Within 30 days, the credit reporting agency must forward your information to the creditor that submitted the original item. The creditor must then investigate and report back to the credit reporting agency. Inaccurate information must be corrected, and whether or not a correction is made, the credit reporting agency has to tell you in writing what happened.
The Limits of Credit Repair
There are limits to what you can do when it comes to cleaning up your credit report. A credit reporting agency can't remove accurate and timely information, even when it's negative.
If you are unable to demonstrate that a negative item is in error, you'll have to wait for it to drop off your report, which can take some time. A late payment may stay on your credit report for up to seven years; a Chapter 7 bankruptcy stays on for 10 years. Some new scoring systems will remove paid accounts that include negative information from your report, according to Griffin, but for now, credit repair is a long game.
If you can't get a negative item removed, you can still improve your credit by making all future payments as scheduled. Seeing this improvement takes time, but it is worth the effort.
"A good credit history and good credit score will save you a lot of money in interest or fees you'd pay to access credit," Griffin says. "So rehabilitating and managing your credit history is a very valuable financial step to take to make sure your financial well-being improves."
So, what do you do next? Build your credit! First up is understanding how your credit score is determined and how you can make those three digits work to your advantage.
Factors That Positively Affect Your Credit Score
The way credit scores are calculated used to be something of a mystery. Not anymore. These days, the basic components of a score are well known, as is the relative importance of each. Here's an overview of how your score is determined – and how you can focus on areas that may need improvement.
Timely payments. Your payment history weighs more heavily than anything when it comes to your credit score. Understandably, your record of paying back debts means a lot to lenders. Payment history counts for 35% of a score calculated by the FICO credit scoring agency.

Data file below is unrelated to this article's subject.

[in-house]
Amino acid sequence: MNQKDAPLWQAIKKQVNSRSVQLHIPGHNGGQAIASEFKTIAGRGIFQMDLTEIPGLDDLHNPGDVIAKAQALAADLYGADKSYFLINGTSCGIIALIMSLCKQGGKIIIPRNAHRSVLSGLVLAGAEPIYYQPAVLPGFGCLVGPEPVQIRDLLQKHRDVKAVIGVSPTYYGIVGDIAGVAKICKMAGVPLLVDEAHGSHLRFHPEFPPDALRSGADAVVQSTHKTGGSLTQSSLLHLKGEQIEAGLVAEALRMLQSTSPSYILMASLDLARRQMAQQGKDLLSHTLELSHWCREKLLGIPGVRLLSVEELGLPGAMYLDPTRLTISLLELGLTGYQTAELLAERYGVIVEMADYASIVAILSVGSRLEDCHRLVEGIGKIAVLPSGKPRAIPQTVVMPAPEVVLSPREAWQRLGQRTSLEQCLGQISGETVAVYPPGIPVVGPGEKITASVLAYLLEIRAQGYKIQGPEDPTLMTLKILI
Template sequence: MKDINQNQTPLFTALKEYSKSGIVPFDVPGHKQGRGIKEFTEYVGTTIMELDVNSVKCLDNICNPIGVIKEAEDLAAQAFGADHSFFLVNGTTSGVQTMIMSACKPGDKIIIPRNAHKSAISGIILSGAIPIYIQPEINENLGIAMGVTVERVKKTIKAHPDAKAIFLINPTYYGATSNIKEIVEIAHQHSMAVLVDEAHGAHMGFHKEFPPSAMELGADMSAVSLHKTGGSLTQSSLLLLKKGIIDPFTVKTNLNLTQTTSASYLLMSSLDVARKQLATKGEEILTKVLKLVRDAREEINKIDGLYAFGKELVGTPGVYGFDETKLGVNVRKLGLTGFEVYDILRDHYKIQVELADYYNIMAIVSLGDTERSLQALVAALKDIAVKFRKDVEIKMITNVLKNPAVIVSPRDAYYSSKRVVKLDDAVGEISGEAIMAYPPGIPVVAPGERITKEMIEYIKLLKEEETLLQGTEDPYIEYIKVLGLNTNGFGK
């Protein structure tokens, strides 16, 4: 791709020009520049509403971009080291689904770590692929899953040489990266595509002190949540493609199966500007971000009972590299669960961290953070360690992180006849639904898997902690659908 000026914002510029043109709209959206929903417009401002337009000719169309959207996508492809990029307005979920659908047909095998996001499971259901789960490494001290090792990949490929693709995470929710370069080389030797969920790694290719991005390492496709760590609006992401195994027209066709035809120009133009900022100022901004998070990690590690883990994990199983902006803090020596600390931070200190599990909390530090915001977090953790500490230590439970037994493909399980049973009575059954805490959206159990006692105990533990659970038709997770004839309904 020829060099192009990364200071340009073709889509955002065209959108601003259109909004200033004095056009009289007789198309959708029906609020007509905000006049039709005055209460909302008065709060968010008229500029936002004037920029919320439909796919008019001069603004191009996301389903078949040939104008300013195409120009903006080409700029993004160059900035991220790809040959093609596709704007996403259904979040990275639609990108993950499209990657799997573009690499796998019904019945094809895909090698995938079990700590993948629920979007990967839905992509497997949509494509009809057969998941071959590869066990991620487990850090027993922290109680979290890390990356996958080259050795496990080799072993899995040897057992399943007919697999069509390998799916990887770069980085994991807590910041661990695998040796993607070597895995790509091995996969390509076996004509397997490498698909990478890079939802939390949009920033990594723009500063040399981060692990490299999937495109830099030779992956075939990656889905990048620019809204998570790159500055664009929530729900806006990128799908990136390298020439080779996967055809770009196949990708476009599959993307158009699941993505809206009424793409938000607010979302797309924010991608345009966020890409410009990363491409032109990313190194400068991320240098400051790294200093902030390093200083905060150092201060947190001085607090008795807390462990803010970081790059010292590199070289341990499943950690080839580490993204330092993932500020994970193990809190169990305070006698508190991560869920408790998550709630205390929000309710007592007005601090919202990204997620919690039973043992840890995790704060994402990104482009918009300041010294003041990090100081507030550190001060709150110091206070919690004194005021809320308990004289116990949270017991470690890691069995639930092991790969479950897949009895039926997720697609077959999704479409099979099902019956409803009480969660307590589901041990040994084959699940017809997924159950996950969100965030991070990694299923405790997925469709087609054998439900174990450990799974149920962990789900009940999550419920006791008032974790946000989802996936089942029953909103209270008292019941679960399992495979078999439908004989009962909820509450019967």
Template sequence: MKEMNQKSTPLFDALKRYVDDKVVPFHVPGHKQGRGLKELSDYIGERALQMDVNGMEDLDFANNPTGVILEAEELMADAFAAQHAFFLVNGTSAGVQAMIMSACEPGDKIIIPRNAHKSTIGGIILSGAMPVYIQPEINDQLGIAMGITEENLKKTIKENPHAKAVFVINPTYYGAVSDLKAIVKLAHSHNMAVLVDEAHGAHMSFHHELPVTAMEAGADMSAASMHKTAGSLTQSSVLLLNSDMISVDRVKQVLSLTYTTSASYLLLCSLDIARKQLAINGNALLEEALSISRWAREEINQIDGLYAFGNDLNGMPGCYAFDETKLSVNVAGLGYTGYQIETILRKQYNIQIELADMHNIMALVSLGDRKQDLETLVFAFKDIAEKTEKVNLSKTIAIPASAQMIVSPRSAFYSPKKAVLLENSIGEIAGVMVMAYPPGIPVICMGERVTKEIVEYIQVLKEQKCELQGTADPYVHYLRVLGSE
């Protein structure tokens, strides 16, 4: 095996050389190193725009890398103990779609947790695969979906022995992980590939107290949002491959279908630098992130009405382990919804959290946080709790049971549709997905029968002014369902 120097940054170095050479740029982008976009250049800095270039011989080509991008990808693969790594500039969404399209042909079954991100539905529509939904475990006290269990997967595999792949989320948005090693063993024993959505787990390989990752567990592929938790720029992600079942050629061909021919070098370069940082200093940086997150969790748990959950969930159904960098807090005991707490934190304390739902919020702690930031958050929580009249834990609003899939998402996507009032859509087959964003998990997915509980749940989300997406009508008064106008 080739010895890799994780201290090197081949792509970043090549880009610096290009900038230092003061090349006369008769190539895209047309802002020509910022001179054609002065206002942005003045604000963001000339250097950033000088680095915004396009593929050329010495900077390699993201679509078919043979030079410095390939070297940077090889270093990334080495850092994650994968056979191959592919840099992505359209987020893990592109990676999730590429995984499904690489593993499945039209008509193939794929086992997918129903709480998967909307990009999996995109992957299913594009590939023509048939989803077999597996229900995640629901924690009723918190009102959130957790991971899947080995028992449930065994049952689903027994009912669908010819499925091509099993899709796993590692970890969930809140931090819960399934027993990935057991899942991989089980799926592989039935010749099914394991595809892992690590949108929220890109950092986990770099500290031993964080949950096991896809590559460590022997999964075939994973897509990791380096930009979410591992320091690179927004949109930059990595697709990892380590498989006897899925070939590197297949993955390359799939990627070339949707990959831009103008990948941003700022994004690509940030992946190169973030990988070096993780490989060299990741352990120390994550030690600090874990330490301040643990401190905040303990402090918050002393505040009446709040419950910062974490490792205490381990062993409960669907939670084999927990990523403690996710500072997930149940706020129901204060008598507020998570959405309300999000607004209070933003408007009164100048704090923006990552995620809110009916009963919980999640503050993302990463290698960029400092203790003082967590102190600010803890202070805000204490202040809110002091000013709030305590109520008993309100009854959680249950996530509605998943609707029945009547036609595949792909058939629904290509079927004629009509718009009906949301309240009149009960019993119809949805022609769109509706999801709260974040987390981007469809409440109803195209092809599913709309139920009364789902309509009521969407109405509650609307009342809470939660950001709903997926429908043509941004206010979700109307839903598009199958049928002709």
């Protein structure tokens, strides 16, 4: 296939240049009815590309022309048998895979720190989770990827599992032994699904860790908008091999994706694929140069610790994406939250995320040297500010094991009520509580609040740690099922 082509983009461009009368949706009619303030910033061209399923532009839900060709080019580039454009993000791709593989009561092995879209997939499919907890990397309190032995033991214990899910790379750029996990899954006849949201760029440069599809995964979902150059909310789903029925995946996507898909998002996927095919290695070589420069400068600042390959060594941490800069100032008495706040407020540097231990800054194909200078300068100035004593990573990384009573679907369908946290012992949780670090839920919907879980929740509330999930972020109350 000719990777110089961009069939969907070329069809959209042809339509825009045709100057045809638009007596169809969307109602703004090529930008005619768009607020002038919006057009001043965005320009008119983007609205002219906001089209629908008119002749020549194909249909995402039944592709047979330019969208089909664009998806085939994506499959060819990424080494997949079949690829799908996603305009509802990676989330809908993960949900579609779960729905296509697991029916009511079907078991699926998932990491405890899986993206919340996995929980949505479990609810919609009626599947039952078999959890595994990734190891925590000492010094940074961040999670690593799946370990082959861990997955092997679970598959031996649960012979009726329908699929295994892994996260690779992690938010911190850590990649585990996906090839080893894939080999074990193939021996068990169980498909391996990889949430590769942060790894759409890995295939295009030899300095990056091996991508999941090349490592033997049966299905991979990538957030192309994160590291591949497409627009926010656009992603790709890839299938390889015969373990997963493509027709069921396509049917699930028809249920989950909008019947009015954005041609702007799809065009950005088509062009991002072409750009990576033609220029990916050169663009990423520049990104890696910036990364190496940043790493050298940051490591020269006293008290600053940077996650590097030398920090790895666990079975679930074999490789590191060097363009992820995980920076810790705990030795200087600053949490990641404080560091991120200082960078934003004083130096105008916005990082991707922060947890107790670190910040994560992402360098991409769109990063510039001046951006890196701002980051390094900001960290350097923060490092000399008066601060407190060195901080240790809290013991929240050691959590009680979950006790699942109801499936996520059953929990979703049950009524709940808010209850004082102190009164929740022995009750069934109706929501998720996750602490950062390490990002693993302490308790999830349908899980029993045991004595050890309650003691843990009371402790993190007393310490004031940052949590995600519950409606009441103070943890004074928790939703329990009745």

Missing or being late on a single payment can noticeably lower your score.
Controlled credit usage – aka credit utilization. Credit utilization or usage is a percentage figure that shows how much you are using of the total credit available to you. Credit usage explains 30% of a FICO score. To figure it out, add up the balances on your credit cards and similar revolving credit accounts. Then divide that number by your total credit limits. Maintaining a ratio that is under 30% is the target.
Credit history. Lenders want to see that you are capable of building and maintaining a responsible credit profile. Some of the most damaging things you can have in your credit history are records of filing for bankruptcy, foreclosing on a home, getting a car repossessed, or having a debt charged off by a lender as uncollectible. Failing to pay back money you borrowed can seriously damage your credit score. And these events stay on your credit history for years.
Credit inquiries. The number of inquiries on your report is another piece of the puzzle. If your report shows a lot of inquiries from lenders in a short time – as in, it looks like you're applying for numerous credit cards and/or loans – it can temporarily push down your score. To avoid this, don't apply for several credit cards or other loans within a short period.
Repair and Rebound
Repairing your credit is a job many borrowers can do on their own. It takes time and attention. But the benefits of good credit, including more access to credit and lower borrowing costs, make it a task well worth doing.